Jan 2009 01

Happy New Beer!

Posted In Beer

I welcomed in the new year at my bar indulging in some of the few bottles there that I have yet to try, as well as a dessert-worthy Southern Tier Chocolate Indulgence on draft. The Fantome Saison is a Saison with a full head, an earthy, fruity aroma and spices like coriander, citrus, pepper, and spruce. The Super Baladin pours slighty hazy with a thin lacing around the glass. It has a smell and taste of green apples and grapes that blends well with a caramel sweetness that becomes more prominent as the beer warms. The Southampton Cuvee de Fleur has a perfume-like floral aroma and grapefruit freshness with honey and a tangy yeast finish. All were great beers to start the New Year with.

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Jan 2009 26

Beer Nirvana

Posted In Beer

We started out the weekend Friday night at Sly Fox for the annual Robbie Burns Birthday Bash. In case you failed high school literature, Robbie Burns was a Scottish poet who would have been turning 250 years old. image_130-1You may know him for Auld Lang Syne, the poem/song we often sing for the New Year’s Eve. While this event may not ordinarily appeal to you, Robbie Burns Bash is also the date Sly Fox releases their Scottish Ale each year. And I couldn’t miss the gaggle of guys dressed in their finest kilts, especially after my shoes with mirrors on the toes just arrived! The specials of the night included Scottish fare like Shephards Pie and Haggis, a traditional meat dish that includes spices, organs (heart, lungs, liver), and beef suet stuffed in a sheep or cow stomach, or casing. Burns poem “To a Haggis” describes the fare as “Great chieftain O’ the puddin’ race” so it’s only fitting it would be on the menu.

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Feb 2009 10

The history of Philadelphia is often noted for its stake as the nation’s first capital and home to numerous signers of the Declaration of Independence, but no other city has such a lengthy relationship with that divine combination of yeast, malt (barley), hops, and water than the City of Brotherly Love. There’s even a neighborhood appropriately named Brewerytown! Sure- antiquated and misunderstood blue laws put restrictions on alcohol intake, making it difficult to even buy single bottles in Pennsylvania, and the Prohibition movement in the 1920’s all but eliminated most of Philadelphia’s beer producers, but microbreweries are popping up almost monthly in the city and its suburbs, and they aren’t making pale yellow swill, but delicious, award-winning craft beers. Unfortunately, I hardly ever venture into the city since I loathe the drive along crowded 2 lane highways, the public transportation is not very efficient, and save for a few neighborhoods, it’s not the best city to walk around. But I sucked it up- there were a few bars and breweries I convinced myself were worth a visit into the city.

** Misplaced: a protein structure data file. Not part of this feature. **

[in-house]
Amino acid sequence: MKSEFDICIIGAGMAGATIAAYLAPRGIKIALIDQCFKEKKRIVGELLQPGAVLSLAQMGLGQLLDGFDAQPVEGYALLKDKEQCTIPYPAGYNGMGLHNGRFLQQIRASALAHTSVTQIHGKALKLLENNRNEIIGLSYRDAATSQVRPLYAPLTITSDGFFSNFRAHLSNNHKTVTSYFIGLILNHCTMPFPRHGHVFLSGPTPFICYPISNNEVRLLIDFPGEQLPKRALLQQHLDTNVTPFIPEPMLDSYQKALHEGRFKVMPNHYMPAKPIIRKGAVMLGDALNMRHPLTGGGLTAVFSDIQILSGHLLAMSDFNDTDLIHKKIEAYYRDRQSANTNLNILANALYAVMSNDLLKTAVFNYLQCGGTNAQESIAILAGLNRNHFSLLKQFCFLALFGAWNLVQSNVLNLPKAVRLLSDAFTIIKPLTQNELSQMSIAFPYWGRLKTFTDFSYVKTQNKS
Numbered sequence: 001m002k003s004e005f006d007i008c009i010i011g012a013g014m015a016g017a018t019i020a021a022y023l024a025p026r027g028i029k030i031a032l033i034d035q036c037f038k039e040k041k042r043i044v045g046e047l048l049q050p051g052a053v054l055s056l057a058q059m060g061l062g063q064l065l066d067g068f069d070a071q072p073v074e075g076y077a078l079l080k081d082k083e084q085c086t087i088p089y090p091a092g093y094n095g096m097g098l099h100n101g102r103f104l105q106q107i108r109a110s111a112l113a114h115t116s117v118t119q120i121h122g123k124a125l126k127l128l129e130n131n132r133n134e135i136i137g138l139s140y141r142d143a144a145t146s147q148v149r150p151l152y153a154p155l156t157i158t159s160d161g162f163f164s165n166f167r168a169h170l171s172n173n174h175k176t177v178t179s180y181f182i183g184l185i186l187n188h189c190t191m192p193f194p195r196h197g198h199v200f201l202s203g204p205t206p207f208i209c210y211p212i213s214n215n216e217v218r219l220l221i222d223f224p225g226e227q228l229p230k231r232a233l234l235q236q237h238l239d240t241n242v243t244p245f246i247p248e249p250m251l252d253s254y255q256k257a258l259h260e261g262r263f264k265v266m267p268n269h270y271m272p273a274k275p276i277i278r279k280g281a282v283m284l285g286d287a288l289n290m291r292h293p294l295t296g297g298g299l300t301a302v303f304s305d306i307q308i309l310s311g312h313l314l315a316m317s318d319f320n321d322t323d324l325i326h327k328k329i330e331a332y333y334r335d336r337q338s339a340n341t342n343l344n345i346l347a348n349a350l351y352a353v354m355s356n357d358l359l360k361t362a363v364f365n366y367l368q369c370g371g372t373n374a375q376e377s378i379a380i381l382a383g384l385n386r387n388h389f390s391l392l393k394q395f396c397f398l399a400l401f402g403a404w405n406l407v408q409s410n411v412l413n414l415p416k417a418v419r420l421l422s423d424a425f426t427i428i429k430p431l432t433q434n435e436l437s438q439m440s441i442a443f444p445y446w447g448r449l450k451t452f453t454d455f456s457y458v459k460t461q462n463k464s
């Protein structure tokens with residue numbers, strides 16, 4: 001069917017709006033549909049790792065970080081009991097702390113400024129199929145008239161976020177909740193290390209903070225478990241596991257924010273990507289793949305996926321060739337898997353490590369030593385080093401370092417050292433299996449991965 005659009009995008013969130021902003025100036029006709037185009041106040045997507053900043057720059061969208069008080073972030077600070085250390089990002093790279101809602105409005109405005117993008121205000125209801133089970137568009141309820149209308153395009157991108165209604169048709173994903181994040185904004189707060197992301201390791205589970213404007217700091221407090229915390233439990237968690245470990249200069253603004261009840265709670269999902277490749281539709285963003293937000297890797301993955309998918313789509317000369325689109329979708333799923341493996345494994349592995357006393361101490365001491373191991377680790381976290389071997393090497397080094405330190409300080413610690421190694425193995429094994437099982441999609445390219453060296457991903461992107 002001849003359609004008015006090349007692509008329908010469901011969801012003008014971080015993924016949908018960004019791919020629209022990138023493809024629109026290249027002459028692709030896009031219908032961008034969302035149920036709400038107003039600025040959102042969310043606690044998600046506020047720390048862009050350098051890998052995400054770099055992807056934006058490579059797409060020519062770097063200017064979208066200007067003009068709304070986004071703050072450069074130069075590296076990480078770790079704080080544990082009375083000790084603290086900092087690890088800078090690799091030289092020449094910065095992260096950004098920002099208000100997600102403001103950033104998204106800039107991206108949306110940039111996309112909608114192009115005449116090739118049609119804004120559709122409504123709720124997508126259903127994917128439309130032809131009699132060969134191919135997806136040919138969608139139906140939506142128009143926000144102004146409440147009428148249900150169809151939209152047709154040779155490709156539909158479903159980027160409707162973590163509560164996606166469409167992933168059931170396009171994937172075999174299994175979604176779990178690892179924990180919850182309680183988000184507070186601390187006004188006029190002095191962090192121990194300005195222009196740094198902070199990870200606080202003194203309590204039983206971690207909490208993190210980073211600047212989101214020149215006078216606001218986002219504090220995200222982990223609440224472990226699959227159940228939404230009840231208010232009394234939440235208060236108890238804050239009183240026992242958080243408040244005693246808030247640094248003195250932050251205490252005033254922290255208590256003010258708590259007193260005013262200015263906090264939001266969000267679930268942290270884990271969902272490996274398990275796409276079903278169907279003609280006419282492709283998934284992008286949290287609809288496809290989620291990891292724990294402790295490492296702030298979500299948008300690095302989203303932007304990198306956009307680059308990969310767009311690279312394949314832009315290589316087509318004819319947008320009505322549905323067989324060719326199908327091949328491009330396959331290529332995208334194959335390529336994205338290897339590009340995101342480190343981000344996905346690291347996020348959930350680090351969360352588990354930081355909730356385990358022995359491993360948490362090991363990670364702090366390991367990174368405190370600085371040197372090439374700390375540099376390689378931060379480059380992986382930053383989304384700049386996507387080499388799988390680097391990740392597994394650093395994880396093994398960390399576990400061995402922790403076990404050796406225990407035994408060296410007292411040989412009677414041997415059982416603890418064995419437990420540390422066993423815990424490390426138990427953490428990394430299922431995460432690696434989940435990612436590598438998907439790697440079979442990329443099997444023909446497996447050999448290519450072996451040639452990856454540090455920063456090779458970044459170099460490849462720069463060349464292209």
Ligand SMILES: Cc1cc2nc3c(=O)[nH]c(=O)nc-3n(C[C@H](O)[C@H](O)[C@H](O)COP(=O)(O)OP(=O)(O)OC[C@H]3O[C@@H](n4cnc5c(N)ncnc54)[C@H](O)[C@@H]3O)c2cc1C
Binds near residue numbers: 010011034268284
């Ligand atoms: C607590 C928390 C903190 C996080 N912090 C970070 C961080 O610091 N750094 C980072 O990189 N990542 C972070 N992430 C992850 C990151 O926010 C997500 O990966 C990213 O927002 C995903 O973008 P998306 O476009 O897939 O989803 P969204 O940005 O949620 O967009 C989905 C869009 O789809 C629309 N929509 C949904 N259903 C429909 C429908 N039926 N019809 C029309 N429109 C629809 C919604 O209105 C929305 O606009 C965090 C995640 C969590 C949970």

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Mar 2009 02

Any event that could keep hundreds of people shivering in a line a mile long for up to an hour in bitterly cold Boston February weather must be good.  The Beer Advocate Extreme Beer Fest featured a lineup of beers I yearn for and many I had never before tasted. We warmed up our livers at Redbones and Cambridge Brewing Company the night before.

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The one thing about beer is most people can agree one beer is ‘da shit or just shit, but everything in between is relative to taste, opening up a huge variety of flavors and styles to explore. Two of the beers really tickled my palate.  I’ll move to Smurf Village if all the taps serve Allagash’s Gargamel, a lip-smackingly delicious sour ale aged in red wine casks.  Allagash also offered Bi-Curieux, a 1 1/2 years barrel aged, dry-humped (er… hopped) version of Curieux.  The Lost Abbey Phunky Duck was also a beak above the rest.  This sour ale was brewed as the backbone to their Duck Duck Gooze program and the name just quacks me up!  I can’t wait ‘til the “Geuze is Loose” sometime later this year.

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Mar 2009 17

img_0107-2-1Whew, what a firkin week!!! Friends don’t let friends drink and blog so my computer has been off-limits, but it’s now time for a little PBW wrap-up, Part 1. I missed the opening weekend of PBW due to a previously planned car event in Rochester NY (definitely NOT a beer utopia…) and didn’t get a chance to tap into the festivities until the start of the week after work. Monday began at the Flanigan’s Boathouse Happy Hour in Conshohocken for the Meet the Brewer event with Rudi Ghequire from Palm/Rodenbach.

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